March with Them!
For years, reporters had tried to get to the truth about Harvey Weinstein’s treatment of women. Rumors of wrongdoing had long circulated, and in 2017, when Jodi Kantor and Megan Twohey began their investigation for the New York Times, his name was still synonymous with power. But during months of confidential interviews with actresses, former Weinstein employees, and other sources, many disturbing and long-buried allegations were unearthed, and a web of onerous secret payouts and nondisclosure agreements was revealed. When Kantor and Twohey were finally able to convince sources to go on the record, a dramatic final showdown between Weinstein and the New York Times was set in motion.
In the tradition of great investigative journalism, She Said tells a thrilling story about the power of truth and reveals the inspiring and affecting journeys of the women who spoke up—for the sake of other women, for future generations, and for themselves.
The Great Stewardess Rebellion
As flying boomed in the 1960s, women from across America applied for jobs as stewardesses. They were drawn to the promise of glamour, the chance to travel, and an alternative to traditional occupations like homemaking, nursing, and teaching.
But as the number of “stews” grew, so did their suspicion that the job was not as picture-perfect as the ads would have them believe. “Sky girls” had to adhere to strict weight limits at all times; gain a few extra pounds and they’d be suspended from work. They couldn’t marry or have children; their makeup, hair, and teeth had to be just so. Girdles were mandatory on the clock. And, most important, stewardesses had to resign at 32.
Eventually the stewardesses began to push back and it’s thanks in part to their trailblazing efforts that working women have gotten closer to workplace equality today. Nell McShane Wulfhart crafts a rousing narrative of female empowerment, the paradigm-shifting ’60s and ’70s, the labor movement, and the cadre of gutsy women who fought for their rights—and won.
All In: An Autobiography
In this spirited account, Billie Jean King details her life's journey to find her true self. She recounts her groundbreaking tennis career—six years as the top-ranked woman in the world, twenty Wimbledon championships, thirty-nine grand-slam titles, and her watershed defeat of Bobby Riggs in the famous "Battle of the Sexes." She poignantly recalls the cultural backdrop of those years and the profound impact on her worldview from the women's movement, the assassinations and anti-war protests of the 1960s, the civil rights movement, and, eventually, the LGBTQ+ rights movement.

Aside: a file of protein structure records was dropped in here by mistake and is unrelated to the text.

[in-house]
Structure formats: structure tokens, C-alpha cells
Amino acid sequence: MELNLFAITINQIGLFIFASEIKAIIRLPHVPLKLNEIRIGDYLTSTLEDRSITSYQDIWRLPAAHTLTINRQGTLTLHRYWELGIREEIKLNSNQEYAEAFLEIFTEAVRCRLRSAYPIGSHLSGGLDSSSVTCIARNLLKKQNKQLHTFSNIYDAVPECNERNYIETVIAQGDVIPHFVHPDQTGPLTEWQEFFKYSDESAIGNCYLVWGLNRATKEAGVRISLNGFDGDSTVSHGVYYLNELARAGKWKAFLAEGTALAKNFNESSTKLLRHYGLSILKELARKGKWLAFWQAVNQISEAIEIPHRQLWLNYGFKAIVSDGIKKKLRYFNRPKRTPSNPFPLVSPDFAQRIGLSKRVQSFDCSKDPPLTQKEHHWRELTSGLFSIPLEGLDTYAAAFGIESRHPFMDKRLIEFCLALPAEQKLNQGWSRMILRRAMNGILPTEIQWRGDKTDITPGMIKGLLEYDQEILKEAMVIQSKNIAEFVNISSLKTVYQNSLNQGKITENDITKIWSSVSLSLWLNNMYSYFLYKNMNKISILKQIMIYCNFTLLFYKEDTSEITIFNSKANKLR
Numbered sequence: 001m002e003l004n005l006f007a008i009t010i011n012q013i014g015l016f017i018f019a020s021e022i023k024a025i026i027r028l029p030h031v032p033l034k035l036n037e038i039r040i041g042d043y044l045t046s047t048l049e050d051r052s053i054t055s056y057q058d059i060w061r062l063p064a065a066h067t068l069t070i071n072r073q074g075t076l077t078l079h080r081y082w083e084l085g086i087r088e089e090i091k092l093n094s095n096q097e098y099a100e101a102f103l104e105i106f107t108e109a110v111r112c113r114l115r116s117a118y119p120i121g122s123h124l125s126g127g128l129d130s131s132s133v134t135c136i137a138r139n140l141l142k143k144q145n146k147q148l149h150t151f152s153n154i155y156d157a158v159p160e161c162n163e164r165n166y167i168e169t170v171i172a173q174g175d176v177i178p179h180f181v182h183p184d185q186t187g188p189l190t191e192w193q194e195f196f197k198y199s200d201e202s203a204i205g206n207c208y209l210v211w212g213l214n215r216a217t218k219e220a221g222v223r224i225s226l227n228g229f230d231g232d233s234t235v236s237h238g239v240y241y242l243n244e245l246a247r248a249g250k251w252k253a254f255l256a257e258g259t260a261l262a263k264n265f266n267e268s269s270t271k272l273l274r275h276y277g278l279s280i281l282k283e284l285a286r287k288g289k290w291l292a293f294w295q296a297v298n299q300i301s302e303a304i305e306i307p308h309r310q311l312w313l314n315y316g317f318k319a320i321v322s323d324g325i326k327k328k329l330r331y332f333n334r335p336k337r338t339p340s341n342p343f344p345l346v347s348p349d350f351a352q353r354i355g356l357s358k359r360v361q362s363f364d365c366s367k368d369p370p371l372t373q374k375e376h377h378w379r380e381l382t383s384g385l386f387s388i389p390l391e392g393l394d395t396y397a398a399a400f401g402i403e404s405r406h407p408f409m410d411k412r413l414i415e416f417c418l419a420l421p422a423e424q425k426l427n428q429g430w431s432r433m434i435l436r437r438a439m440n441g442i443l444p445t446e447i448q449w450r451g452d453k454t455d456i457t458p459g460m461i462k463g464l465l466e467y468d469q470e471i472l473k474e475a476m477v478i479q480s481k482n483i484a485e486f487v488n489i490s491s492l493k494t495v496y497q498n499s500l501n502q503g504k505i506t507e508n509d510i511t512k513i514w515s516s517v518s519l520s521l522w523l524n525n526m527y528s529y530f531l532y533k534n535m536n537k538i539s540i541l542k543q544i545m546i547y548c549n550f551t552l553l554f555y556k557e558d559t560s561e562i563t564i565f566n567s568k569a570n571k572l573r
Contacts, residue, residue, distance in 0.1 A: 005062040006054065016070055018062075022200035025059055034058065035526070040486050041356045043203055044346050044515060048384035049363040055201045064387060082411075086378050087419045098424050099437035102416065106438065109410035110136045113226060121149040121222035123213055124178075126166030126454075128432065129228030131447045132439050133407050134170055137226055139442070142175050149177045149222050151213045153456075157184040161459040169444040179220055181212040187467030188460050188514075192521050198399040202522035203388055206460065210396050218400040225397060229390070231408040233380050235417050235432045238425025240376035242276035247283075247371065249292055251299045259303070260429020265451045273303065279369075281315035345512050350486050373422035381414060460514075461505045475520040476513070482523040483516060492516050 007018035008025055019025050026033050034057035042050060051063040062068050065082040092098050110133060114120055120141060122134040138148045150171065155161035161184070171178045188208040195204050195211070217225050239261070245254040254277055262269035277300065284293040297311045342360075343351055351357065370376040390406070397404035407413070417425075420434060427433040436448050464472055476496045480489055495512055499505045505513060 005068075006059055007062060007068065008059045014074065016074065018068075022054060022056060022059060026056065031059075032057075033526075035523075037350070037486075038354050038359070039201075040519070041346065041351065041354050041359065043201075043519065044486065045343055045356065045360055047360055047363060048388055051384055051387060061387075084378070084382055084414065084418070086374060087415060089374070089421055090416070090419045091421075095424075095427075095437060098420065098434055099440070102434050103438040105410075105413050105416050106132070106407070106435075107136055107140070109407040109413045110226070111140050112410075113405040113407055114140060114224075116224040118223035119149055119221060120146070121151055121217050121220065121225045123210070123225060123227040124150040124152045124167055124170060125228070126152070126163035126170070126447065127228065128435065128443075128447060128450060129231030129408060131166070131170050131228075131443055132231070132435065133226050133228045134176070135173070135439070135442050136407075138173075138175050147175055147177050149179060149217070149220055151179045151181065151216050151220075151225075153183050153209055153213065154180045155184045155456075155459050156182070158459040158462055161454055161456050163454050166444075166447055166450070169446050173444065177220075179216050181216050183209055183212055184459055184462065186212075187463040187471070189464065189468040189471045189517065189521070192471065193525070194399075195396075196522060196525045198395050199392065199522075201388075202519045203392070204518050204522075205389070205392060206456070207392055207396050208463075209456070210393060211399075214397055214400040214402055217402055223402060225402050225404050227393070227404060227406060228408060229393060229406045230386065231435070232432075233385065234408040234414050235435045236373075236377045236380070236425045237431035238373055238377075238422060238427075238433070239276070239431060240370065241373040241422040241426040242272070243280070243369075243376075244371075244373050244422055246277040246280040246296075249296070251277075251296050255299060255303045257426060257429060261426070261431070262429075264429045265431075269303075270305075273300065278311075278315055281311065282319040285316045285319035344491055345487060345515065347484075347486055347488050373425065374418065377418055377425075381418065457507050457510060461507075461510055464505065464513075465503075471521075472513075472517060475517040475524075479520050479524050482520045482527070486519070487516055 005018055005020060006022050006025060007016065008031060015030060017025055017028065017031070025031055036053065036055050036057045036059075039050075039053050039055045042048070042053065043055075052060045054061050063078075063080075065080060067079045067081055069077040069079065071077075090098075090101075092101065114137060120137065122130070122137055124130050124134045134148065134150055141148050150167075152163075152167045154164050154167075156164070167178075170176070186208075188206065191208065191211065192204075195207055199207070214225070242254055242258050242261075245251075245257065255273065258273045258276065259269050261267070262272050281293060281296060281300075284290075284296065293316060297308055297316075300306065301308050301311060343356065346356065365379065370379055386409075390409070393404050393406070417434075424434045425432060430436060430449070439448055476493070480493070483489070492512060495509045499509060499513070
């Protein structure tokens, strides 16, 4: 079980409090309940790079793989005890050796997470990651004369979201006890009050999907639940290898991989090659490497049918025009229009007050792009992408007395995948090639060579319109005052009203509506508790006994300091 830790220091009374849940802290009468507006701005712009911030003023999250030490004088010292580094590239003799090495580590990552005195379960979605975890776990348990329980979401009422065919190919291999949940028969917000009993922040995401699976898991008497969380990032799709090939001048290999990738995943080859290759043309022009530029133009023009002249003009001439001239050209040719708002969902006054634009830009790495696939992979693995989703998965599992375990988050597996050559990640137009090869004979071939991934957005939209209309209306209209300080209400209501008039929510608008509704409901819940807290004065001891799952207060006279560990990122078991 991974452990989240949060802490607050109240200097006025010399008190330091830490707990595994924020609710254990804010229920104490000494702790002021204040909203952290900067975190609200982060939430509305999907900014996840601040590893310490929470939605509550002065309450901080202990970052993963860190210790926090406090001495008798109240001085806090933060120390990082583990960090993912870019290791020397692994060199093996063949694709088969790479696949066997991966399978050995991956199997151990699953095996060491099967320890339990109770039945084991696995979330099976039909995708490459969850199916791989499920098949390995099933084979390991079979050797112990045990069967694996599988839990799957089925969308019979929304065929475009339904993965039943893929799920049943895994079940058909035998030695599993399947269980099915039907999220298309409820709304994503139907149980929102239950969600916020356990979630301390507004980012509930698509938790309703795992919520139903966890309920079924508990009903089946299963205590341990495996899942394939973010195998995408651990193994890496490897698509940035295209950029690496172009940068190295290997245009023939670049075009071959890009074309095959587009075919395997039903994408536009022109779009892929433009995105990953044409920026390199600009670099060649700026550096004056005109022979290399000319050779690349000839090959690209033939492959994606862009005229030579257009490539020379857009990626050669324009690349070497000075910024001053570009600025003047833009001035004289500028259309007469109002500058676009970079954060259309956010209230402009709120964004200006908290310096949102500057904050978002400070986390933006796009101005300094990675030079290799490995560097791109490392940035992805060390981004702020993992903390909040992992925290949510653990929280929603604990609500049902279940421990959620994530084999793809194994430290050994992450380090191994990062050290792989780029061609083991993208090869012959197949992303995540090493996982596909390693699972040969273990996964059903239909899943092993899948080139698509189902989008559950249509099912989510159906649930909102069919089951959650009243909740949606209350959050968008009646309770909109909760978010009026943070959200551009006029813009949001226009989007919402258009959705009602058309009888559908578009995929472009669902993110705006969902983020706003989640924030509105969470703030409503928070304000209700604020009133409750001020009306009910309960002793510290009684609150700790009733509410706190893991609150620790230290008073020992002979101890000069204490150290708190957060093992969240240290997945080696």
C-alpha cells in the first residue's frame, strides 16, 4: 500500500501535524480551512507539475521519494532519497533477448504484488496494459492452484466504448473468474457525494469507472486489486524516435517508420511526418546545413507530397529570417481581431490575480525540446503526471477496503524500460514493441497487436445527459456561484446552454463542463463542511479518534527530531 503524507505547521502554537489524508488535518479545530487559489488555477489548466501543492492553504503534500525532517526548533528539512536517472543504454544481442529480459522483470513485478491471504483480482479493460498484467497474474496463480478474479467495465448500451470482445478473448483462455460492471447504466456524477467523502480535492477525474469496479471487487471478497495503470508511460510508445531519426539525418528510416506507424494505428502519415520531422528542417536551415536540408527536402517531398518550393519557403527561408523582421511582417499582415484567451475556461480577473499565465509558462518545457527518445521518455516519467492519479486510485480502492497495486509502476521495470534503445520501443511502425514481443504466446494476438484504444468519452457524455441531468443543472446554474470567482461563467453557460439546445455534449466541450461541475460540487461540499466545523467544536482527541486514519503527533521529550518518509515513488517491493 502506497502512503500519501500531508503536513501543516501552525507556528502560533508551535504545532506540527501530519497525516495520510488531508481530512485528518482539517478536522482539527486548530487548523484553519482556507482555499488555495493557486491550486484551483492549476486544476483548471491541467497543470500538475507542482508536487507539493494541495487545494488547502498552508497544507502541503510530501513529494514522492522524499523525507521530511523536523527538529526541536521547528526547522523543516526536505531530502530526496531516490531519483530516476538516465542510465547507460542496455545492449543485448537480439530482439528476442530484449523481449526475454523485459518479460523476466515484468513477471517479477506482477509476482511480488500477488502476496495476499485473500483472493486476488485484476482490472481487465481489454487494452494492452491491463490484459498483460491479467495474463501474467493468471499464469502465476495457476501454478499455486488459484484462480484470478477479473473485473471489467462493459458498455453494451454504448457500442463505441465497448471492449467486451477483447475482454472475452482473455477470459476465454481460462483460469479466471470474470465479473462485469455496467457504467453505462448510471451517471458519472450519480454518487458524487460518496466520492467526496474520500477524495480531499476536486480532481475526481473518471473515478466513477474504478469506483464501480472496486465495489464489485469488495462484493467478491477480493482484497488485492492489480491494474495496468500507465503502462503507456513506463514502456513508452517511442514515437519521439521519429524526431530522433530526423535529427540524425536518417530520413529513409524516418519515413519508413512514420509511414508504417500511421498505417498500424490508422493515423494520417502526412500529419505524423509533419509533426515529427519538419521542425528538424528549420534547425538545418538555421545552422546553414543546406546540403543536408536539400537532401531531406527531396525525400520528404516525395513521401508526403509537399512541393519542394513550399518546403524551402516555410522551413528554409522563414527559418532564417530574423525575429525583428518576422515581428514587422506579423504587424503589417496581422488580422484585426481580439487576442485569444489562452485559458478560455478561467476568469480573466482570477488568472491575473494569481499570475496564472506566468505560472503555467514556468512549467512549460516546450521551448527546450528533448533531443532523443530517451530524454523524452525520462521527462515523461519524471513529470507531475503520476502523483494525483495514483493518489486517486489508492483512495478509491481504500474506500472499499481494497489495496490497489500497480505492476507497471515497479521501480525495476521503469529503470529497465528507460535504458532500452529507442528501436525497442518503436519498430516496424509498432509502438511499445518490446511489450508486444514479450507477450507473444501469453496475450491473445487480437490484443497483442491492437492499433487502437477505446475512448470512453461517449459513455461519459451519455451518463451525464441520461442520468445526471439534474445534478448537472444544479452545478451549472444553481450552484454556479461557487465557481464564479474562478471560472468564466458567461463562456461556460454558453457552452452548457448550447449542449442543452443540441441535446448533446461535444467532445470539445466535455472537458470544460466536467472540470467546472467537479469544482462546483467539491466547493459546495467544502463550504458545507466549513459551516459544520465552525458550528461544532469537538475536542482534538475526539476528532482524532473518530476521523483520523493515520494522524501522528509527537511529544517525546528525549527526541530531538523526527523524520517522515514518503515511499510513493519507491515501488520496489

She describes the myriad challenges she's hurdled—entrenched sexism, an eating disorder, near financial peril after being outed—on her path to publicly and unequivocally acknowledging her sexual identity at the age of fifty-one. She talks about how her life today remains one of indefatigable service. She offers insights and advice on leadership, business, activism, sports, politics, marriage equality, parenting, sexuality, and love. And she shows how living honestly and openly has had a transformative effect on her relationships and happiness.
Hers is the story of a pathbreaking feminist, a world-class athlete, and an indomitable spirit whose impact has transcended even her spectacular achievements in sports.
She Came to Slay
Harriet Tubman is best known as one of the most famous conductors on the Underground Railroad. As a leading abolitionist, her bravery and selflessness has inspired generations in the continuing struggle for civil rights. Now, National Book Award nominee Erica Armstrong Dunbar presents a fresh take on this American icon blending traditional biography, illustrations, photos, and engaging sidebars that illuminate the life of Tubman as never before.
Not only did Tubman help liberate hundreds of slaves, she was the first woman to lead an armed expedition during the Civil War, worked as a spy for the Union Army, was a fierce suffragist, and was an advocate for the aged. She Came to Slay reveals the many complexities and varied accomplishments of one of our nation’s true heroes and offers an accessible and modern interpretation of Tubman’s life that is both informative and engaging.
Filled with rare outtakes of commentary, an expansive timeline of Tubman’s life, photos (both new and those in public domain), commissioned illustrations, and sections including “Harriet By the Numbers” (number of times she went back down south, approximately how many people she rescued, the bounty on her head) and “Harriet’s Homies” (those who supported her over the years), She Came to Slay is a stunning and powerful mix of pop culture and scholarship and proves that Harriet Tubman is well deserving of her permanent place in our nation’s history.